There is no evidence of there being a systematic safety problem with aircraft oxygen bottles, says Australian investigators. The findings are published in their latest report into a July 2008 accident in which an oxygen bottle on a Qantas Airways Boeing 747-400 exploded.
The Australian Transport Safety Bureau's second interim report on this accident says that to date there is no evidence of systematic problems with oxygen bottles of this type.
On 25 July 2008 the Qantas 747 (VH-OJK) was cruising at 29,000ft (8,850m) en route from Hong Kong to Melbourne when one of 94 oxygen cylinders on board exploded, causing a rupture of the forward fuselage and depressurisation of the cabin.
The rupture was about 2m along the length of the aircraft and 1.5m vertically.
ATSB says the cylinder that exploded was lost but, for the purposes of its investigation, it has obtained five cylinders from the same manufacturing lot.
It says all the pressure tests of the cylinders met or exceeded safety specifications.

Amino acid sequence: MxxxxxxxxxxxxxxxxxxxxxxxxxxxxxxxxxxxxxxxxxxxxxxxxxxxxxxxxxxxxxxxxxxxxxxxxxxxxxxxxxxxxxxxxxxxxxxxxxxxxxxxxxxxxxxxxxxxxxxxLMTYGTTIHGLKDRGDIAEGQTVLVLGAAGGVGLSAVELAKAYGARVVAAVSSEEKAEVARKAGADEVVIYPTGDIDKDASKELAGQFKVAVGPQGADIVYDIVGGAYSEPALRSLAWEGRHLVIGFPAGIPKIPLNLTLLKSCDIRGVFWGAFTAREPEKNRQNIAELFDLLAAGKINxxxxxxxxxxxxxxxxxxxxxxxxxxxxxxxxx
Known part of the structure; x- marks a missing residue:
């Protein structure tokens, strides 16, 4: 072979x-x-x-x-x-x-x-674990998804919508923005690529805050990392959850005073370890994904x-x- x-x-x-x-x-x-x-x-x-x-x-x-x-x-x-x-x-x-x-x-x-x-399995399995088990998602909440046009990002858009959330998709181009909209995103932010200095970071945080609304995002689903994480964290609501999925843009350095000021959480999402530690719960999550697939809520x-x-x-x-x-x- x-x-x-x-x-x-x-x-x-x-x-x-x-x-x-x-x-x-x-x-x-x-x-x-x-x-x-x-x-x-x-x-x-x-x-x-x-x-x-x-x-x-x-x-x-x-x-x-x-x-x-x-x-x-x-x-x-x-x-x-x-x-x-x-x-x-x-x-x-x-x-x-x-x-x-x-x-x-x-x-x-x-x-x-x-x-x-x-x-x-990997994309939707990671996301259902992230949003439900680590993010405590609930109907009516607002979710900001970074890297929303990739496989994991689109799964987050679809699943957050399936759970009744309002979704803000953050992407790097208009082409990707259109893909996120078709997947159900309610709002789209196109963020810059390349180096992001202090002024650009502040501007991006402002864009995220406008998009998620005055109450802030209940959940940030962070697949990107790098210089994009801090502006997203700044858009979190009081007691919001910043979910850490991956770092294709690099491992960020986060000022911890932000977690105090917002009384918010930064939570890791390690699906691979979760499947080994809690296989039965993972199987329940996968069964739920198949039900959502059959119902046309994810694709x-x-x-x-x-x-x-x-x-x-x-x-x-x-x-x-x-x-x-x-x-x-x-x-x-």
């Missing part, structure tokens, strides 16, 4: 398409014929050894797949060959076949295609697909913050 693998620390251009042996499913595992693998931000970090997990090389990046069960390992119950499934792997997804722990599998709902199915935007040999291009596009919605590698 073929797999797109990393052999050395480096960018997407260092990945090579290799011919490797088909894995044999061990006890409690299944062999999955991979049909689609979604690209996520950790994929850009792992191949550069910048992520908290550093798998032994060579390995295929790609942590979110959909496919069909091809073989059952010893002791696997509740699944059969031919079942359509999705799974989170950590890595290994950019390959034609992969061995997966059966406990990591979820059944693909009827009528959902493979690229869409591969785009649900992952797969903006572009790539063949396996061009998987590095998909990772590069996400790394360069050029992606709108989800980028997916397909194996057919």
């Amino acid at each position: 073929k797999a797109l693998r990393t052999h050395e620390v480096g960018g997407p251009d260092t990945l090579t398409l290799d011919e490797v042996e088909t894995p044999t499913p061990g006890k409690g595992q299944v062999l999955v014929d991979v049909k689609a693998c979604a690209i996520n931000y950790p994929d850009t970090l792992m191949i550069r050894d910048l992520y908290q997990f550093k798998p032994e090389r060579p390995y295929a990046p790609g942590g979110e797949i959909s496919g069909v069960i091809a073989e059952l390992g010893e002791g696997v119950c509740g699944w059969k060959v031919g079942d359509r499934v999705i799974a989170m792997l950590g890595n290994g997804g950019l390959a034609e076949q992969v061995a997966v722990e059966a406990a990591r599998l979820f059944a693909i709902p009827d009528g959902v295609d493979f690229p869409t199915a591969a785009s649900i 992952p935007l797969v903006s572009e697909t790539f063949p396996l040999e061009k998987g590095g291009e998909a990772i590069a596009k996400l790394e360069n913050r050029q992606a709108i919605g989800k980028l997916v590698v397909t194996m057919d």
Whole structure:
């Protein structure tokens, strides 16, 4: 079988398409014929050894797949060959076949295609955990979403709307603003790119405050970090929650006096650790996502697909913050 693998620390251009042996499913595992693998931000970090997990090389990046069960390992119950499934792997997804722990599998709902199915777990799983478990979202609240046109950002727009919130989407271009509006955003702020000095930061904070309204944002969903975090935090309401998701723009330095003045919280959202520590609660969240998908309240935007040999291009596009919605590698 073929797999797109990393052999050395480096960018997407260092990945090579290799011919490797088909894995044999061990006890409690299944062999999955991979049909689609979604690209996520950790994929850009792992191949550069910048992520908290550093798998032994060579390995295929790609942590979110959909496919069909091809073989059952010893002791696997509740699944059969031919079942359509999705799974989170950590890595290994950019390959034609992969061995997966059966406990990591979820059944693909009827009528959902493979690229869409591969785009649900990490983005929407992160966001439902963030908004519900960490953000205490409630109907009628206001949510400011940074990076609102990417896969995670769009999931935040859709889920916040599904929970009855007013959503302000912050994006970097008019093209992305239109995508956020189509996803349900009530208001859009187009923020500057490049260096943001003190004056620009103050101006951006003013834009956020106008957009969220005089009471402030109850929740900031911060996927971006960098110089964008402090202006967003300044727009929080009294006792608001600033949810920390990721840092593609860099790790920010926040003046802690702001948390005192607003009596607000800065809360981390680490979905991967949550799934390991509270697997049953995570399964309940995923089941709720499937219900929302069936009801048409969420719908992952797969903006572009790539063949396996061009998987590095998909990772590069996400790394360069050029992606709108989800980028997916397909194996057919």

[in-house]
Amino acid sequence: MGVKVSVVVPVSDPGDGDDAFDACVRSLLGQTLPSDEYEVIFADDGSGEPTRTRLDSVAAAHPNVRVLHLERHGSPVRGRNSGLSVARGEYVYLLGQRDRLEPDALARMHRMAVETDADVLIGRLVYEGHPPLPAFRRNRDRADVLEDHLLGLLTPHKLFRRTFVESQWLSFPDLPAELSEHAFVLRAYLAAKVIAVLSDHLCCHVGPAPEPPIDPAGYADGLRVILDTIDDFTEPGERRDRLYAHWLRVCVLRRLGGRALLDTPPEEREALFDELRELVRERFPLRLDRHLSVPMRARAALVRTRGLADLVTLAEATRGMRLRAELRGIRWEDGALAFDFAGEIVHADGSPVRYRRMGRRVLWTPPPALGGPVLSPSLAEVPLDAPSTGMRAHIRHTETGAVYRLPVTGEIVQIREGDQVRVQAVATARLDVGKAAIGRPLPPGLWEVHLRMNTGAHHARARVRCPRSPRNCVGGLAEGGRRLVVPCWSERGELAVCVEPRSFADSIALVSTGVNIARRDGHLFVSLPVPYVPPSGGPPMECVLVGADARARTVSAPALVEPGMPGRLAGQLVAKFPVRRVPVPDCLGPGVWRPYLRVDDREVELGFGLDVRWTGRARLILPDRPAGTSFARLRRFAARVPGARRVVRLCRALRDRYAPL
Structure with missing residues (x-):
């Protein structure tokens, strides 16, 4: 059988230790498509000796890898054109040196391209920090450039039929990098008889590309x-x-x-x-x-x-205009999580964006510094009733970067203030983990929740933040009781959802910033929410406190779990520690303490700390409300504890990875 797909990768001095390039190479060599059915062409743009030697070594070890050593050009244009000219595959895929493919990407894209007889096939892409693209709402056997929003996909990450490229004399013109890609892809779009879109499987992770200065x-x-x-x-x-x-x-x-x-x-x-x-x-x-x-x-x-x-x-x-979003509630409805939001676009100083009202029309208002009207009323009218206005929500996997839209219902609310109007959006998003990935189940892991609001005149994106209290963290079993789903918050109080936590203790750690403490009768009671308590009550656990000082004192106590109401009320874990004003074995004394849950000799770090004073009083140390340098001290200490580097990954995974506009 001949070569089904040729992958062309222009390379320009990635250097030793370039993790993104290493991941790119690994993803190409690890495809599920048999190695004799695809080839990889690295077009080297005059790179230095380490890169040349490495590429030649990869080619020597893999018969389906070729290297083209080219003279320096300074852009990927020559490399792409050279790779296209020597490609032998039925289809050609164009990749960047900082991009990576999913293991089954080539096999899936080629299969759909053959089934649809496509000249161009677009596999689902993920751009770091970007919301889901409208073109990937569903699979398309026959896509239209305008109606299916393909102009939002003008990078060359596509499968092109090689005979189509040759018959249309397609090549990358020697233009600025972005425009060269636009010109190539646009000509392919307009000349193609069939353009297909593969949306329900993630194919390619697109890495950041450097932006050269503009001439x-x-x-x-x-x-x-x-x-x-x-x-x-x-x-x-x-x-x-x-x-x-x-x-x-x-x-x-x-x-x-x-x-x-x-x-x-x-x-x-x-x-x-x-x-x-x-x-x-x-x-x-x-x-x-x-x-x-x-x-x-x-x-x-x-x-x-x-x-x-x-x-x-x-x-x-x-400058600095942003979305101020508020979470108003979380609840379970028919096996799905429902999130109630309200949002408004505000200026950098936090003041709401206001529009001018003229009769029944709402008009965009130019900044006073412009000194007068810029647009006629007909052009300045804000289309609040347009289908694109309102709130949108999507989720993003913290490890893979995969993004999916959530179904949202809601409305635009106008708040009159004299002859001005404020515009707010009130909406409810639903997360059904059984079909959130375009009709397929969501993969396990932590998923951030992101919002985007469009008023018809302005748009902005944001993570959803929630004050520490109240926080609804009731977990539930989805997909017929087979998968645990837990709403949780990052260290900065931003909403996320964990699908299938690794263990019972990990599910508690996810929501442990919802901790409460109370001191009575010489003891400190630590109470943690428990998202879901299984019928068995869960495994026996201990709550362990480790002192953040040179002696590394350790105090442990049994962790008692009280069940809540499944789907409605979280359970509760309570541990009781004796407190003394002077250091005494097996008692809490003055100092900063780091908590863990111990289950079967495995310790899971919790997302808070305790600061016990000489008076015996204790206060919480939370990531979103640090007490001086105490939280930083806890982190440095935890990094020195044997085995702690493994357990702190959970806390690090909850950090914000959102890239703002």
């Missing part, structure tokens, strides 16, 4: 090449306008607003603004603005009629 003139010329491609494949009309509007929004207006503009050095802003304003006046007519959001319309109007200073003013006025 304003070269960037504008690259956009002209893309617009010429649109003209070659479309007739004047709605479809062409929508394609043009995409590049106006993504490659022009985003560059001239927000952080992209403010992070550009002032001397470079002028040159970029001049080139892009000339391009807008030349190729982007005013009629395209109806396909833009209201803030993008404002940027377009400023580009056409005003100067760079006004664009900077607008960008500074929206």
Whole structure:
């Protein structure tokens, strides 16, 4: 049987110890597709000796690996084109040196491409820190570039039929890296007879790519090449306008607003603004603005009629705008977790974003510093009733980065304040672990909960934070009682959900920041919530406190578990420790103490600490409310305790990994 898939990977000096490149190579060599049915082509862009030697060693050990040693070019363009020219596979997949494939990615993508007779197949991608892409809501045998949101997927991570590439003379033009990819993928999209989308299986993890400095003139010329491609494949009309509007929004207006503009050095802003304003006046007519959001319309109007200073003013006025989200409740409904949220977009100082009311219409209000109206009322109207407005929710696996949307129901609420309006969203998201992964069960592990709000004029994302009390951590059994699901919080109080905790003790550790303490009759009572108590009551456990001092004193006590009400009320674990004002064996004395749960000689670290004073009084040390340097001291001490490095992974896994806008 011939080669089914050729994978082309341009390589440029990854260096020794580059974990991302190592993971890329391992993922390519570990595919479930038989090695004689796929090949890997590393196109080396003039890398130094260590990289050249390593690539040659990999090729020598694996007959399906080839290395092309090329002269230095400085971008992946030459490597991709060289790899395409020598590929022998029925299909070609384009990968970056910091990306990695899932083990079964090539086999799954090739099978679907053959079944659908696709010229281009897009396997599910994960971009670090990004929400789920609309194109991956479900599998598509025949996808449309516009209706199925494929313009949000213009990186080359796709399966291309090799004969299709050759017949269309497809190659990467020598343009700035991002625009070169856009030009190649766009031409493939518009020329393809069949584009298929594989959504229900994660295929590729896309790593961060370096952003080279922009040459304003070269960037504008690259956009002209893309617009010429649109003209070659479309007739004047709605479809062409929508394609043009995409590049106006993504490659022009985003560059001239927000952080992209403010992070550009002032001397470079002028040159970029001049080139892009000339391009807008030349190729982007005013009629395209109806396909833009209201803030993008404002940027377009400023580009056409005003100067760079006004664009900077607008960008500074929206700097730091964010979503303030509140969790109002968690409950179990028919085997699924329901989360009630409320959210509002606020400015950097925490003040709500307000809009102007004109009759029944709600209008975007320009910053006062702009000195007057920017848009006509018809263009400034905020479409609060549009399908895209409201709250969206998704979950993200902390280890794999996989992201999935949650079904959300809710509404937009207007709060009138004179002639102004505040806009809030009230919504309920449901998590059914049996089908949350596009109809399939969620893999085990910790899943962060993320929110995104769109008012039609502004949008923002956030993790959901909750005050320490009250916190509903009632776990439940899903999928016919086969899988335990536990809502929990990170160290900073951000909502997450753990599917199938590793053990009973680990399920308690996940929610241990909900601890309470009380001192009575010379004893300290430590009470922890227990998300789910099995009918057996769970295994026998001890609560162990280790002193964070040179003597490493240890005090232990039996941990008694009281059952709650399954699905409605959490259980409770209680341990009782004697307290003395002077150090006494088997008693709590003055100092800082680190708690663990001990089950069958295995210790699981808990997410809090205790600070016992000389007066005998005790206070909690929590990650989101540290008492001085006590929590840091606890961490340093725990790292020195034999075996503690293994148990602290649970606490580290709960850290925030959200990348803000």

"The minimum allowable rupture pressure prescribed ....was 4,111lb/in2 [284bar] and all the test cylinders exceeded that value", it says.
The report also provides details on how the cabin crew and cabin equipment responded to the depressurisation of the cabin, saying: "The passenger address tape reproducer - the automatically activated system for addressing passengers in the event of a depressurisation - did not function."
It adds that "not all the oxygen masks deployed and as a result two passengers did not immediately start using oxygen and displayed symptoms of hypobaric hypoxia", a condition resulting from oxygen deprivation.
The safety bureau says Qantas has since taken action to address these cabin issues.
As for why one of the aircraft's oxygen cylinders exploded, the bureau says it will complete its investigation early next year.